Perhaps more than any other position on the field, it is the role of the hooker that has changed most in rugby league over the years. Back in the day when the scrum was a vital battle for possession and unlimited tackles meant a side could hold onto the ball indefinitely, the hooker had a loud and clear primary function. To hook the ball. Without the ball from the scrum, a team was going nowhere and, as with other specialist positions in rugby league, the Featherstone area became adept at producing hookers of the highest quality.
When Rovers joined the Northern Union in 1921 it was on the back of some sensational form the club had produced as a junior club. Our hooker for the very first senior match we played was a popular character by the name of Charlie Hepworth, known to fans and his team-mates as Pep. He played his junior rugby at Sharlston, his home town and signed for Featherstone Rovers, then the biggest junior club in the district, at the end of World War One when competitive rugby started again. In his first season he shared the hooking duties with another Sharlston-born player Harry Dooler, but by the end of that first year the number nine jersey belonged to Pep. He held that position during our first four seasons as a senior club and he went on to make 163 first team appearances.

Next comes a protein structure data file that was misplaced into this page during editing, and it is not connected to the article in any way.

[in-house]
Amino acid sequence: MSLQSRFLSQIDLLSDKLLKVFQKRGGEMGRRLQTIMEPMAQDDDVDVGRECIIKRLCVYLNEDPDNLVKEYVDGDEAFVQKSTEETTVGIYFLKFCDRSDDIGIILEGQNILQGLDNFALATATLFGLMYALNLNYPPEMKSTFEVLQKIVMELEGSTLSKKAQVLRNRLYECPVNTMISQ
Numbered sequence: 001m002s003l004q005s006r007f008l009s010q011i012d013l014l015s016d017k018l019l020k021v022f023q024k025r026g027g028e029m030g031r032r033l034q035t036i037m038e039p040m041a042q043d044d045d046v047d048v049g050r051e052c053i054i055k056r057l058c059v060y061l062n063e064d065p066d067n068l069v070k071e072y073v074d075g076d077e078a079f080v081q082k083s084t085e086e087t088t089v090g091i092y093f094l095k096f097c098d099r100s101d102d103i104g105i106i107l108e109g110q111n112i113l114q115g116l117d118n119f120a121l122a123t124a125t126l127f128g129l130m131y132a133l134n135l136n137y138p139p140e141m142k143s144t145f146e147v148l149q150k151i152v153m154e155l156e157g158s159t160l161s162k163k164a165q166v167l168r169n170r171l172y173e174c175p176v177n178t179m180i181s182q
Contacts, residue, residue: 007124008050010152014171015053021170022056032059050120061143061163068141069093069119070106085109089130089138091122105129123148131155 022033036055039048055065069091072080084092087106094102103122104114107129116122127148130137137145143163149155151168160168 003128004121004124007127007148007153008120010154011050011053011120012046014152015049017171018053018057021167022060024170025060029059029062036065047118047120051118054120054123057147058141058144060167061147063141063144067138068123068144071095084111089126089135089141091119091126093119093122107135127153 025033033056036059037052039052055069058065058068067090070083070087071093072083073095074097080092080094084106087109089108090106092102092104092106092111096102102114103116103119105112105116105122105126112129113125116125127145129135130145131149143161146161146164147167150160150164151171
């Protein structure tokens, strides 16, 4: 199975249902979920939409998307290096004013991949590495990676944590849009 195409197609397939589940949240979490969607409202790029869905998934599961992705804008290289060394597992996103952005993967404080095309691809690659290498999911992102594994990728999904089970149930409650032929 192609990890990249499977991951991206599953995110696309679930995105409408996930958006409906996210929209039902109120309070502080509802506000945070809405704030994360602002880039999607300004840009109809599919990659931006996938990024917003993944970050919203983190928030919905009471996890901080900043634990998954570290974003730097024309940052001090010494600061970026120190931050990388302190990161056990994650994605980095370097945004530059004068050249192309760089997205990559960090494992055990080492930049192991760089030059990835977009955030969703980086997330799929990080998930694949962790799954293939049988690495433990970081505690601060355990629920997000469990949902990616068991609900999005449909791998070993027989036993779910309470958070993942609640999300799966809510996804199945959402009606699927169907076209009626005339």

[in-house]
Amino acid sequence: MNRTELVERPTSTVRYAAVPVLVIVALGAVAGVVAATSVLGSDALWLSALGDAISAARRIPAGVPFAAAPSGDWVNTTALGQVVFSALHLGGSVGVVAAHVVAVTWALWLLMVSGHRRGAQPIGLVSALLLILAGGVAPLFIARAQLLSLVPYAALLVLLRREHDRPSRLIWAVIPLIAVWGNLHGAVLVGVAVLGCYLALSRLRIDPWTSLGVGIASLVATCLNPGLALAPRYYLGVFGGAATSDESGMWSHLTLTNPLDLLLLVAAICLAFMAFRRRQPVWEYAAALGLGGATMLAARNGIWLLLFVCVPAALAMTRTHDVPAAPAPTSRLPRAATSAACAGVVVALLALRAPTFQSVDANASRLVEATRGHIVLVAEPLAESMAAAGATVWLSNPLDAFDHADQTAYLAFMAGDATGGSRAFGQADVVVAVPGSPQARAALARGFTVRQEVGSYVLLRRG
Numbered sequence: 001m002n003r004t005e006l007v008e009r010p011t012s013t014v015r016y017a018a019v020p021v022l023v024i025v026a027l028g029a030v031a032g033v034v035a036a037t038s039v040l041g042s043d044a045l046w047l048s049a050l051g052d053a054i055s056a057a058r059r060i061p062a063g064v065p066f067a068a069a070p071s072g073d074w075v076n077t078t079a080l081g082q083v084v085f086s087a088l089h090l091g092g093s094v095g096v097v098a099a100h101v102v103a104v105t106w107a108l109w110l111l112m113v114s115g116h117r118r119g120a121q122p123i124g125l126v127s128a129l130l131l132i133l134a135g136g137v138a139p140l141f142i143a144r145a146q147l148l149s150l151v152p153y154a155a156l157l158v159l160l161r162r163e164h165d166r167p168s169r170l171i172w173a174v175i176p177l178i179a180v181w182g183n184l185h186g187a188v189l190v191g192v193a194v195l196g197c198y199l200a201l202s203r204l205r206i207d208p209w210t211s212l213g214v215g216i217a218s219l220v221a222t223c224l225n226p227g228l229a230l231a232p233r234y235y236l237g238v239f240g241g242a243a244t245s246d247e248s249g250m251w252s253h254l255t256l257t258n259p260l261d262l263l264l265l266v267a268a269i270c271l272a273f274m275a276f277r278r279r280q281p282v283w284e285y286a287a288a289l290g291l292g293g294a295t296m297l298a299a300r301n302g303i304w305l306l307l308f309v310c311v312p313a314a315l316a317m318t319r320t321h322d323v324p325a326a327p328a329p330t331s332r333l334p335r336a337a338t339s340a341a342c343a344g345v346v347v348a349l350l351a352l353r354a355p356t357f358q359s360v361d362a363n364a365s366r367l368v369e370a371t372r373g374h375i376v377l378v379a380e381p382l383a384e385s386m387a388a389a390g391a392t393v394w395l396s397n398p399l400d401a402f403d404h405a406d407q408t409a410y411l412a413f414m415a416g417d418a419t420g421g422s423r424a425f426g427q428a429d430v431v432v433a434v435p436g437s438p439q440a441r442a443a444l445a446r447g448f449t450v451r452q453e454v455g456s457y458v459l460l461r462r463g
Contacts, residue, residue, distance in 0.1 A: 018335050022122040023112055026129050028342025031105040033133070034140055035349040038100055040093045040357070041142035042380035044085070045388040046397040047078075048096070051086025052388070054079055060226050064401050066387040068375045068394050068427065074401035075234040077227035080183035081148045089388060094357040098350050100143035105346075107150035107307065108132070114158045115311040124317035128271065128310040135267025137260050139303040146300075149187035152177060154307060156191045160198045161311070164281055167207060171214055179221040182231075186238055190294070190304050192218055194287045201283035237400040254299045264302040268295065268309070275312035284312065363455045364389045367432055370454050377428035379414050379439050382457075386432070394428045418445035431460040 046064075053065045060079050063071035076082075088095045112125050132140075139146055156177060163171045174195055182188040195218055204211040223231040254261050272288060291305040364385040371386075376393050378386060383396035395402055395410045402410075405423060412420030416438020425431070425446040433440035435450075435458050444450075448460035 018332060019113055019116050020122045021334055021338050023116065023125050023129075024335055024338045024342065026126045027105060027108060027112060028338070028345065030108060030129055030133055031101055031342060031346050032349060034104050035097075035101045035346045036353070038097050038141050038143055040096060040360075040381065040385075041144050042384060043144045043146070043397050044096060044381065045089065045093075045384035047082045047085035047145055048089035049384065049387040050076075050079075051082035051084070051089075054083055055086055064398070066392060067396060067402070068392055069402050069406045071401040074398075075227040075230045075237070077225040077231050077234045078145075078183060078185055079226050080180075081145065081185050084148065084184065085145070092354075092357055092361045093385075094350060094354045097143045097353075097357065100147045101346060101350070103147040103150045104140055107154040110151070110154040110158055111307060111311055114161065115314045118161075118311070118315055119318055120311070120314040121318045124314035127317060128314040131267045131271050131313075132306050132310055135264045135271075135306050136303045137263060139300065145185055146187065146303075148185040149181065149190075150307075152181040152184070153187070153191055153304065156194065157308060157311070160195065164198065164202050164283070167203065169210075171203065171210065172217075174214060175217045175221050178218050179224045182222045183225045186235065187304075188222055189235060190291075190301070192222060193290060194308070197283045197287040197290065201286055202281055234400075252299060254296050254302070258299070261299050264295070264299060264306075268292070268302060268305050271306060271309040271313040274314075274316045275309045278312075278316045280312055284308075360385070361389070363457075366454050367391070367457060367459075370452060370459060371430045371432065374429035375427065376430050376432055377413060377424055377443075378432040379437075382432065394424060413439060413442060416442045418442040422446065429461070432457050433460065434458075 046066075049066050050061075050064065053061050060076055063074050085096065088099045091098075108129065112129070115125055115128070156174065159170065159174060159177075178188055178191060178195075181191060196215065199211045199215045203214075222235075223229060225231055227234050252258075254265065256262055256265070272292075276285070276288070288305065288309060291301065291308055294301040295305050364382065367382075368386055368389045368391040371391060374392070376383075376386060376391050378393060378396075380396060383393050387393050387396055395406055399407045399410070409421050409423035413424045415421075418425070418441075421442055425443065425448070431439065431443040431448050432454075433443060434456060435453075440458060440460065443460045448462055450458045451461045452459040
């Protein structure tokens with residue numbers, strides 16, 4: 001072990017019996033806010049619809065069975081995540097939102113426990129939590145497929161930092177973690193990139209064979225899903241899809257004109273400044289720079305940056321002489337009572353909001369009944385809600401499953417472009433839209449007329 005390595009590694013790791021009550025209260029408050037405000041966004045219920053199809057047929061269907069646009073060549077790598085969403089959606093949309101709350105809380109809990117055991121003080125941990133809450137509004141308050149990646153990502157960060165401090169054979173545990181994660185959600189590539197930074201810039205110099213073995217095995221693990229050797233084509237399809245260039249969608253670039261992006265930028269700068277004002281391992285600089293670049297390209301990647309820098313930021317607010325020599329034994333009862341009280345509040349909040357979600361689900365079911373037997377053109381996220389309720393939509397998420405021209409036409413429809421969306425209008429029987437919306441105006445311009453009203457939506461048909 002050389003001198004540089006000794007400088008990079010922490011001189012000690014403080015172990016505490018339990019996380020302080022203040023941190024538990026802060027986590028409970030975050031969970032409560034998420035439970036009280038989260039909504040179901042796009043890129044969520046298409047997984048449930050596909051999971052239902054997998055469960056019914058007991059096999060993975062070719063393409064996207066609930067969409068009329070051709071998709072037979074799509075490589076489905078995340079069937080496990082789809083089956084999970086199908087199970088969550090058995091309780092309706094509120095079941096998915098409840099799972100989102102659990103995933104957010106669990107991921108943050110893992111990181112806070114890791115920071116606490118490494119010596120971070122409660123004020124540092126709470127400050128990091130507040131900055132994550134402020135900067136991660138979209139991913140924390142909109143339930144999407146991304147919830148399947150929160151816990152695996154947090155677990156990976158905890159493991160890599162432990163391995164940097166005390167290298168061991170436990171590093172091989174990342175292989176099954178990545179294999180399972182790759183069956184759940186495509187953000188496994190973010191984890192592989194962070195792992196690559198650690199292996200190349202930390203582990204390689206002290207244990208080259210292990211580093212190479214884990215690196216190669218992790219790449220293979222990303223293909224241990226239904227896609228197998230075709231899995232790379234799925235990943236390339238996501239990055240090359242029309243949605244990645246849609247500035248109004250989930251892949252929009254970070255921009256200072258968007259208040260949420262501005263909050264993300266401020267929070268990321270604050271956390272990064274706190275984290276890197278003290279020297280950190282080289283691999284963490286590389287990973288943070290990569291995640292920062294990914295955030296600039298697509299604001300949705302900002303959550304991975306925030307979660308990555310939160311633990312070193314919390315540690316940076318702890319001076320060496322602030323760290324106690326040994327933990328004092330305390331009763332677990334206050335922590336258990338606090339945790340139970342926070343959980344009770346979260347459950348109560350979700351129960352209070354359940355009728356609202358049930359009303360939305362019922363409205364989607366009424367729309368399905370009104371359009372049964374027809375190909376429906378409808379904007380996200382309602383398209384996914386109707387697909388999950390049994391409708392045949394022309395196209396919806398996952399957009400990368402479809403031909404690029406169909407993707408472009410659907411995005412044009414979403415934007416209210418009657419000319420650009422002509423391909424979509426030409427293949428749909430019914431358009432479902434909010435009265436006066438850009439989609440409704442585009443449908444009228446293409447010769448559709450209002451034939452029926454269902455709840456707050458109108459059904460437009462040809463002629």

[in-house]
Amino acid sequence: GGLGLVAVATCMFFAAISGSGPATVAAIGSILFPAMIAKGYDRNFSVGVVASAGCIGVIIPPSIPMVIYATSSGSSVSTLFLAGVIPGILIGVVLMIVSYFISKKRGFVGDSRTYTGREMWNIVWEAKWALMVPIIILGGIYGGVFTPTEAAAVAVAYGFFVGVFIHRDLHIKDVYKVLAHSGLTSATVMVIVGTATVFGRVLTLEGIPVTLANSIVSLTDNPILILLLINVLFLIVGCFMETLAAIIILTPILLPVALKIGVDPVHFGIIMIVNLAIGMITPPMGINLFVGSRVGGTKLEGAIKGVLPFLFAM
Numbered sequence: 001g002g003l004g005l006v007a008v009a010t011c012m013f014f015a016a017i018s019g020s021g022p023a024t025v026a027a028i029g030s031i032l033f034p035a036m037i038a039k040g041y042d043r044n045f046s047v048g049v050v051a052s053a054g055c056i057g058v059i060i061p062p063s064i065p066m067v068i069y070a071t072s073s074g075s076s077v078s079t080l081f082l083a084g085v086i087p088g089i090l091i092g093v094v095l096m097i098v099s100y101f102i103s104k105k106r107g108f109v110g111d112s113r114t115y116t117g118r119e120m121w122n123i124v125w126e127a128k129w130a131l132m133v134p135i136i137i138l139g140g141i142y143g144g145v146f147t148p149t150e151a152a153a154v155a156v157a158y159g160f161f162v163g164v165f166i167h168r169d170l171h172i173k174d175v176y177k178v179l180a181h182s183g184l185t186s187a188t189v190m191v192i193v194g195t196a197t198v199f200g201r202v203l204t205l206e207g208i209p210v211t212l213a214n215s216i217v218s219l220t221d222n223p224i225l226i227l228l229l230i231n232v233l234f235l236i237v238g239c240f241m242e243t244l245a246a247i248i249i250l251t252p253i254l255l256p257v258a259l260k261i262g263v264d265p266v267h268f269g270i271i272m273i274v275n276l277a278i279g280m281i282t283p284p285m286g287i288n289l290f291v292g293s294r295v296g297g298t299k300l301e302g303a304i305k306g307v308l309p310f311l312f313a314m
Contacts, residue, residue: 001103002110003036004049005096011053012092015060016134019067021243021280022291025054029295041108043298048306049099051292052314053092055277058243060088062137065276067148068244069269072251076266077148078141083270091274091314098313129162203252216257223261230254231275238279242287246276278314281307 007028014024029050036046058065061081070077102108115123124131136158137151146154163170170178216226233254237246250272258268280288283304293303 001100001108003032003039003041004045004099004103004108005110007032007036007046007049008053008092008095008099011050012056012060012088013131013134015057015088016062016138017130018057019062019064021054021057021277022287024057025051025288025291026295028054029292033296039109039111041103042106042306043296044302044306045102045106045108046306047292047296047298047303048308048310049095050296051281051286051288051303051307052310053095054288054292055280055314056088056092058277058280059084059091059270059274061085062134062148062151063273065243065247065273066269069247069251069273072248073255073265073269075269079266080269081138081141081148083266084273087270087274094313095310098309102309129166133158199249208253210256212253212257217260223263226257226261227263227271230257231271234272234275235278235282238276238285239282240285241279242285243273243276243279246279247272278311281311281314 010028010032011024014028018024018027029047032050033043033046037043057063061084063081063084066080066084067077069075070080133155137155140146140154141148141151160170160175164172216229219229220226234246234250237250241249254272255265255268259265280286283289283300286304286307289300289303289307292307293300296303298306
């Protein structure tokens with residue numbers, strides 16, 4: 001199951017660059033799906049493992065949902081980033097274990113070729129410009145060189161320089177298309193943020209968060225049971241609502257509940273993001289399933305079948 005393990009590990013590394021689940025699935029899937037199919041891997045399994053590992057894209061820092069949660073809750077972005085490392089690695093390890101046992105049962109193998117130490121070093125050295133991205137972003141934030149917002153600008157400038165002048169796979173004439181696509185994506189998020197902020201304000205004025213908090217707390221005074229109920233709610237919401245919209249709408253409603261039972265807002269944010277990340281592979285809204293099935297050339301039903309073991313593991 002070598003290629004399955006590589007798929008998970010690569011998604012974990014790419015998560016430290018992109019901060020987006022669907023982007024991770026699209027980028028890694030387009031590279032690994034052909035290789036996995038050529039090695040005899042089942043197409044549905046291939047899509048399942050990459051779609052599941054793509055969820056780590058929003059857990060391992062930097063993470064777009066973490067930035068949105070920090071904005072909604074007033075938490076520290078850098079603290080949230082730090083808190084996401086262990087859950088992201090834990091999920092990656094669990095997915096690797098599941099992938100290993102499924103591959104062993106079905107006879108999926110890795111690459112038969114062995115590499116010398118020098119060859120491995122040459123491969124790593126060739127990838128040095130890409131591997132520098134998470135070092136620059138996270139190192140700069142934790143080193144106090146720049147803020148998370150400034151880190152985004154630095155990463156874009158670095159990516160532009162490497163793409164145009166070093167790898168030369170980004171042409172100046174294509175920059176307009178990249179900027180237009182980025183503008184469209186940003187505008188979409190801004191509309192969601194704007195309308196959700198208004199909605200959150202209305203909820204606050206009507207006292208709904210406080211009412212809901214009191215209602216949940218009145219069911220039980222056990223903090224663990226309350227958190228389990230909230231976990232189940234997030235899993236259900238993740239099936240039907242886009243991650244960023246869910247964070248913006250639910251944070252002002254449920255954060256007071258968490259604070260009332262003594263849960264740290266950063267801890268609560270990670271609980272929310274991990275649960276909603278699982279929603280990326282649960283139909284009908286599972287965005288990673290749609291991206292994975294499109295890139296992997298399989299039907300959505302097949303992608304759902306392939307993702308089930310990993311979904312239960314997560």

Wise observers know that every hooker worth his salt needs a couple of handy props to help him out in the front row battle against the opposition. Pep was well blessed in the support he received from two Rovers stalwarts. In the early twenties Ernie Barraclough was a promising young open side prop and John Willie Higson was a wily veteran who packed down at blindside prop. It made for a formidable and highly consistent front row formation.
After an injury to Pep Hepworth in 1926, he was challenged for his place by Charlie Flaherty (35 games), and also Joe Hall (31 games), who played in the 1928 Championship final team. Then Arthur Lorriman (81 games) became first choice hooker until the emergence of Percy Morris. Pep Hepworth played his last game on the 6th April 1929 in defeat at Bramley, and then retired.